Marni comes to L.A.
The Marni for H&M; collection launched in L.A. with a star-studded soiree that included Drew Barrymore, Andrea Riseborough, Jessica Chastain, Milla Jovovich, Lily Collins, Freida Pinto and Winona Ryder. The setting — the 1926 Sowden House in Los Feliz, designed by Lloyd Wright — couldn’t have been more magical. The Mayan architecture, lush palm trees, kilim rugs and cushions were the perfect backdrop for Marni’s playful, tribal-meets-modernist aesthetic. (February)
Fred Segal, the brand?
Worldwide rights to the Fred Segal name, a retail brand that has come to define the Los Angeles fashion-shopping experience, were purchased by New York City firm Sandow Media. The deal allows Sandow to put the iconic red, white and blue Fred Segal logo on merchandise as well as build Fred Segal stores around the world. By year’s end, plans had been announced to put Fred Segal stores in LAX’s Tom Bradley terminal and the SLS Hotel in Las Vegas as well as the Japanese market. (May, December)
Not sure what size you are? The Westfield Culver City shopping mall debuted a body scanner that will tell you. Shoppers step into the “Me-Ality” (“measured reality”) full-body scanning machine and in less than 20 seconds receive a printout listing some of the clothes they can buy in the mall that will fit them. There’s still no word on when we can look forward to a machine that will tell us if this blouse clashes with that skirt. (July)
In August, Macy’s Herald Square opened what it billed as “the world’s largest shoe department” at 39,000 square feet, following the July opening of the Barneys New York Madison Avenue flagship’s revamped shoe salon combining men’s and women’s shoes in 22,000 square feet of selling space. These are just two examples in an industry-wide trend of retail shoe expansion in response to a footwear business that has grown so lucrative that sales per square foot top most other merchandise categories. Saks Fifth Avenue’s New York flagship kicked it all off in 2007, when it opened a shoe floor so massive (22,000 square feet originally, and now 32,150 square feet) that it was able to get its own ZIP code suffix, 10022-SHOE. (July, August)
Barneys New York is known for its elaborate holiday displays, so there was much anticipation when the retailer announced it would be teaming up with Disney for this year’s holiday display titled “Electric Holiday.” The centerpiece of the display is a three-minute animated video in which Minnie Mouse imagines herself and some of her Disney friends as ultraslim fashion models wearing designer clothes. Naturally when the first concept art came out, there was outrage from Disney fans who felt that making Minnie a size zero sent an unhealthy message about body image. The finished project wasn’t quite as extreme as the concept art. Minnie maintains her classic form, except during a short dream sequence. (October)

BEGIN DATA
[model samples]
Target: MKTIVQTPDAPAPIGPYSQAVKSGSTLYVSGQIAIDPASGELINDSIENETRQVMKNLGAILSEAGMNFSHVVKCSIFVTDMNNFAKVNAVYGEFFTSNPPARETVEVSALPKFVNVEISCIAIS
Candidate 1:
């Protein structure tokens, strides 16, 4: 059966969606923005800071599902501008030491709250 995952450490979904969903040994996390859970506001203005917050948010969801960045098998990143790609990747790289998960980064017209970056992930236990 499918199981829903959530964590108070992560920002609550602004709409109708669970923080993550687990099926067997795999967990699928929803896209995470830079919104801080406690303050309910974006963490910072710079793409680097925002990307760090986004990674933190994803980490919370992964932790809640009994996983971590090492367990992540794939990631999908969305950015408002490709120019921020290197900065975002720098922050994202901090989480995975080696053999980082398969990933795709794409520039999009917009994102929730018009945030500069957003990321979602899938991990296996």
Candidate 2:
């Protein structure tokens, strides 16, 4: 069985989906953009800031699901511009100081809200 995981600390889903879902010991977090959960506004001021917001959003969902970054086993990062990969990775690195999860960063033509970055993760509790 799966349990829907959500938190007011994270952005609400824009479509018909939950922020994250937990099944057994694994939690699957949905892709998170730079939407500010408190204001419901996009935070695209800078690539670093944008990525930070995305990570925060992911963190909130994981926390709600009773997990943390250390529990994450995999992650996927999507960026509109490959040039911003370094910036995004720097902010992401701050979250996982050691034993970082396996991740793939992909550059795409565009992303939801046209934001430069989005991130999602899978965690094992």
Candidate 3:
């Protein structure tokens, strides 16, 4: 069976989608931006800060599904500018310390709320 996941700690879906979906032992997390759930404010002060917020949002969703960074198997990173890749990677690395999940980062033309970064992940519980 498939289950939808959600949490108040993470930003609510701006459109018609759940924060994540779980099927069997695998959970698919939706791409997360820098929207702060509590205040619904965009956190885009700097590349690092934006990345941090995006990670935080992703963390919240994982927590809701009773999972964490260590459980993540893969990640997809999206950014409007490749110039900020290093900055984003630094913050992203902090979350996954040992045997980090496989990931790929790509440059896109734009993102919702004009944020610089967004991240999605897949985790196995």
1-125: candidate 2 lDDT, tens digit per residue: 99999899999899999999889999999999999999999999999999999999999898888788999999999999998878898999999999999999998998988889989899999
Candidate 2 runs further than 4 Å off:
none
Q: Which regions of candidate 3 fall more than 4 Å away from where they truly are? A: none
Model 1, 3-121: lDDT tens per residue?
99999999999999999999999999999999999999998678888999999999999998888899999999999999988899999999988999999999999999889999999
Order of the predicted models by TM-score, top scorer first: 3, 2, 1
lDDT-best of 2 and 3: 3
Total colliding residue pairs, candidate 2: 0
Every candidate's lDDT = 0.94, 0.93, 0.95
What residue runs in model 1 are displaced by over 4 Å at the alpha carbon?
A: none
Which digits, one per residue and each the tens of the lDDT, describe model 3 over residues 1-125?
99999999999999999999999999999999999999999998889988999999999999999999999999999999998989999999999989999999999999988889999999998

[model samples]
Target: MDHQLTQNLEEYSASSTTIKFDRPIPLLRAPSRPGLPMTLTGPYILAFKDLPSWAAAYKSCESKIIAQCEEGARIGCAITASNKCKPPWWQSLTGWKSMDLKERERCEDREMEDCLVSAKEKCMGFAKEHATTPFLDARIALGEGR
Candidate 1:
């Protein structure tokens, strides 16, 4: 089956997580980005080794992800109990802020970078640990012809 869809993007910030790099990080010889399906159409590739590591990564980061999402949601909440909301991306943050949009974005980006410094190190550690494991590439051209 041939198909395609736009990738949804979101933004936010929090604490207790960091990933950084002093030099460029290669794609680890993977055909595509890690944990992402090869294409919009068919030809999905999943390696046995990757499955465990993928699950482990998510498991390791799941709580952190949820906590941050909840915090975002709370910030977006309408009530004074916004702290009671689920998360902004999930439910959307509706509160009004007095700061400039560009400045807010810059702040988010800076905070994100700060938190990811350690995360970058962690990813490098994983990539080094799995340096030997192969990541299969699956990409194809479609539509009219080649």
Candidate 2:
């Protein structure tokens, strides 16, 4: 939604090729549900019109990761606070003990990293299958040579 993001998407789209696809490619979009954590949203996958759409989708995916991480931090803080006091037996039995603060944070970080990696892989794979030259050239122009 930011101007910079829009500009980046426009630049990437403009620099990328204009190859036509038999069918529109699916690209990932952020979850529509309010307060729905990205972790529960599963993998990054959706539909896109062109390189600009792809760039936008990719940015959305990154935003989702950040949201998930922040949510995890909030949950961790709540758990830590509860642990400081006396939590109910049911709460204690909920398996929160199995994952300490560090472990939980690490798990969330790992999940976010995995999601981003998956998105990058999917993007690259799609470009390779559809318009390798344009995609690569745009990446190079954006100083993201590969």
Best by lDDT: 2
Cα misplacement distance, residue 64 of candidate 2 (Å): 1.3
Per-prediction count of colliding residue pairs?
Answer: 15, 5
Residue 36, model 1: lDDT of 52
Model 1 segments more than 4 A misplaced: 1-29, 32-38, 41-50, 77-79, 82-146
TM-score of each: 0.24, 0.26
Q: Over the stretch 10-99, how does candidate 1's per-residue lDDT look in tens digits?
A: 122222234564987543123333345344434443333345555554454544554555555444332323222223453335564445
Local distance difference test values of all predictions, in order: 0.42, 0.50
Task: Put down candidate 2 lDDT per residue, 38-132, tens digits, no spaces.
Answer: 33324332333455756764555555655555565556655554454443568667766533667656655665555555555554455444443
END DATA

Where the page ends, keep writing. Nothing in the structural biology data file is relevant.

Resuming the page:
This year saw several major names in fashion and retail take up causes. Nike and Nordstrom made major donations in favor of Washington state’s Referendum 74, which legalized same-sex marriage. Used-fashion retailer Buffalo Exchange announced it would stop using plastic bags, which will “keep an estimated 350,000 bags out of landfills every year,” according to a company press release. H&M; announced a recycling initiative for 2013 that will give discounts in exchange for old clothes, and Levi’s committed to eliminate all releases of toxic chemicals throughout its entire supply chain and products by 2020. In addition, all corners of the fashion industry rallied in support of Hurricane Sandy relief efforts. Fashion houses and retailers donated money and clothing to help support victims of the superstorm. (2012 and beyond)
Change on Rodeo Drive
This year Rodeo Drive saw the opening of a new Valentino flagship and the reopening of Dior’s Beverly Hills boutique. But the most interesting news on the Boulevard came from an unlikely source: the 99 Cents Only Stores. The chain is seeking a space to rub elbows with Armani, Harry Winston and other luxury emporia. In a press release, 99 Cents Only Stores CEO Eric Schiffer said, “We are confident a Rodeo Drive store will be successful because our stores do well in affluent areas.” (October)
In an effort to make the city’s contributions to apparel design and manufacture as instantly recognizable as its flora and famous folk, Los Angeles Mayor Antonio Villaraigosa announced the “Designed/Made In L.A.” initiative and garment hangtag logo. The goal? To brand Los Angeles as a city perfectly positioned to take fashion production seamlessly from mood board to shipboard and raise the city’s apparel manufacturing profile overseas. (October)
Black Thursday, Giving Tuesday
It seems that Black Friday is no longer the biggest shopping day of the year — stores that opened on Thanksgiving Day and offered deals reaped benefits. Thirty percent of Americans surveyed in a Reuters/Ipsos poll said they shopped online or in stores this past Thanksgiving Day, slightly more than shopped on the day after. Also of note, a coalition of 1,400 charities launched Giving Tuesday to encourage shoppers to donate to worthy causes after the five-day shopping binge. (November)
Sales of two of the year’s most buzzed-about cheap/chic designer collaboration collections — the Neiman Marcus + Target Holiday Collection and Margiela for H&M; — were less than stellar, prompting fashion insiders to wonder if the concept has fizzled out. (December)
Growth in the use of tablets and smartphones meant that the store was always open. Retailers and Web entrepreneurs responded with a torrent of new mobile applications to use in and out of the store. They allowed shoppers to browse and buy items in tastemakers’ closets (The Cools), to purchase celebrity-recommended items (Opensky), get a second opinion in the dressing room (Go Try It On) and more.
Michael Darling contributed to this report.